You are correct that switching supplies usually have R/C oscillators.
However, after reaching a stable temperature, and with constant load,
the drift could be quite small, perhaps tens of ppm, because the control
supply is often well regulated, either from the main output, or by a
linear regulator on the control chip.
In a few cases, e.g. computer monitors, the power supply runs at a
submultiple of the sweep frequency to reduce displayed noise, and
so is effectively controlled by a crystal in the computer driving it.
It's possible that the supply is locking to a multiple of the mains
frequency. Are you sure that the sound card sampling rate is accurate,
and that the software is reporting the frequency correctly? There is
probably a big signal at 15625 Hz that you can use for a quick check.
But in any case, your setup should make it very easy to see if the
source is local. Just use a laptop, running on batteries. The rest
of the system is passive! Rotate the loop for a null and note
the bearing. Move the rig a hundred meters, perpendicular to the
apparent station direction. See how much the null angle changes.
If it's coming from far away, this is a quite interesting signal.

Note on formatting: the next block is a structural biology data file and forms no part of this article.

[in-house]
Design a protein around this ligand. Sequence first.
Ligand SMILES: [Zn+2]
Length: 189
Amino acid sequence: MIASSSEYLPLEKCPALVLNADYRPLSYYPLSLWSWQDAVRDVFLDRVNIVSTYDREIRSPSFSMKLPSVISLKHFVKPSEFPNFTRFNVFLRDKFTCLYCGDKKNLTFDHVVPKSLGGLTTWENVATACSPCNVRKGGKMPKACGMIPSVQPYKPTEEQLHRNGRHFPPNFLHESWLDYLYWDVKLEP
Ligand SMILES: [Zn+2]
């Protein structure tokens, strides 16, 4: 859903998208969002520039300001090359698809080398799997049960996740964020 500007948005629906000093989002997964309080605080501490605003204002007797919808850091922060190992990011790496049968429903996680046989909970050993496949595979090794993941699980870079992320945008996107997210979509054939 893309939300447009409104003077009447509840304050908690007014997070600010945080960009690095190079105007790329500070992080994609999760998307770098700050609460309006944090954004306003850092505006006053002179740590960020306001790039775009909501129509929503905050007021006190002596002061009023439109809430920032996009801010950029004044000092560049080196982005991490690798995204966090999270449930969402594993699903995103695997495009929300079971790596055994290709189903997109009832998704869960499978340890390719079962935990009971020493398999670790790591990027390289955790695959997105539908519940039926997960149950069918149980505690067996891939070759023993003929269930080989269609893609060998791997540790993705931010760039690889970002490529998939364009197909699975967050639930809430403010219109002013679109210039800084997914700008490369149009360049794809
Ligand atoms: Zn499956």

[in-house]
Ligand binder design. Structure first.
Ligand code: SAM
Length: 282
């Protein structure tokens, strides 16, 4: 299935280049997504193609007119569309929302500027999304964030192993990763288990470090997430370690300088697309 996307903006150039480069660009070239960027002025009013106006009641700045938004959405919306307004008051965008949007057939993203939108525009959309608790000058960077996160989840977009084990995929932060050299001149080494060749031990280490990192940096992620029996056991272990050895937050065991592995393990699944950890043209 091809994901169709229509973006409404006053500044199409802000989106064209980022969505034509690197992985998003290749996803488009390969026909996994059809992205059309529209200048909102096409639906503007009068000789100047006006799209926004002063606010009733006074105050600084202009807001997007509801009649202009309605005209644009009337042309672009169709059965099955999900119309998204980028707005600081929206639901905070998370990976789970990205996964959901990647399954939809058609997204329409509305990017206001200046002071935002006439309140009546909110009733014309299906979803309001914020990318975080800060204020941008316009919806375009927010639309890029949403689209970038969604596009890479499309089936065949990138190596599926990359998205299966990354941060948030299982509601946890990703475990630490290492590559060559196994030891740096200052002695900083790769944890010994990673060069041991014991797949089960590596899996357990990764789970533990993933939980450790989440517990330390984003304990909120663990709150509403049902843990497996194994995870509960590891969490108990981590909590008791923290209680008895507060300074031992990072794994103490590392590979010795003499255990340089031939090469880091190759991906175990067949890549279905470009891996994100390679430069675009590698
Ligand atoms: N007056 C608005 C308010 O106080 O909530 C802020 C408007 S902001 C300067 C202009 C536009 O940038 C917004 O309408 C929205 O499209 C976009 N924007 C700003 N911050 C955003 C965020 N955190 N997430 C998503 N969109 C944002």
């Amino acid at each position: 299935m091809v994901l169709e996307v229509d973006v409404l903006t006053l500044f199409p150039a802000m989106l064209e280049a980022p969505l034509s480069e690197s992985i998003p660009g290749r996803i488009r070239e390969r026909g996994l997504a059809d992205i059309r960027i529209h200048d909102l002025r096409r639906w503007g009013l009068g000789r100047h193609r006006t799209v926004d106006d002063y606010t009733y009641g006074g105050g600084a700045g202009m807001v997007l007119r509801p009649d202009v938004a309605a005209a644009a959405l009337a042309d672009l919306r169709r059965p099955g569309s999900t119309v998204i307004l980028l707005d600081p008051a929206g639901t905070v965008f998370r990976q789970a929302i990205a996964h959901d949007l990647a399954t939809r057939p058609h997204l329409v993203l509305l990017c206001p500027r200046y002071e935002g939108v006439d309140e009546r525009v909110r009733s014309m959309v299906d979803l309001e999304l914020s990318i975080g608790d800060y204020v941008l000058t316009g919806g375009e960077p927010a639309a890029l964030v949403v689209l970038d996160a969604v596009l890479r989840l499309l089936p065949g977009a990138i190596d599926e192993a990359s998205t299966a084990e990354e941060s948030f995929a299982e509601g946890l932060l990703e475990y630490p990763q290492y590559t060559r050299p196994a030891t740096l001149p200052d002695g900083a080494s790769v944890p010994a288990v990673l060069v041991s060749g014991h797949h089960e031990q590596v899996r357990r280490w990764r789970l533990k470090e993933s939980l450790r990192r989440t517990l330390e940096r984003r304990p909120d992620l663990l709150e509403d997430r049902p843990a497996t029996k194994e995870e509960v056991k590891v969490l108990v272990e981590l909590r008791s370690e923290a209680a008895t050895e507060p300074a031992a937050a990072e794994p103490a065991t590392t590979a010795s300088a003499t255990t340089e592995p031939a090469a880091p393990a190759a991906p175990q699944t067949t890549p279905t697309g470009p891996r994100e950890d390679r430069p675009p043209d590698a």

If it is local, try flipping the main switch to your house to see
if your own gear is the culprit.
----- Original Message -----
From: "Alberto di Bene" <[email protected]>
To: <[email protected]>
Sent: Wednesday, March 26, 2003 2:01 PM
Subject: LF: Re: VLF signals
Matti and Stewart,
thanks for your answers. Just one question Stewart. You say that :
In effect, the input bridge is a balanced mixer,
multiplying the 20870 Hz carrier by the distorted mains
So the noise conducted to the mains is primarily
20870 Hz odd multiples of the mains frequency.
But, if this were the case, and given that the switching frequency is not
crystal-controlled, shouldn't I see waving lines ? What I see are perfectly
straght lines, no signs of ondulations....
I have noticed another signal, may be Matti has an explanation
for this too :
73 Alberto I2PHD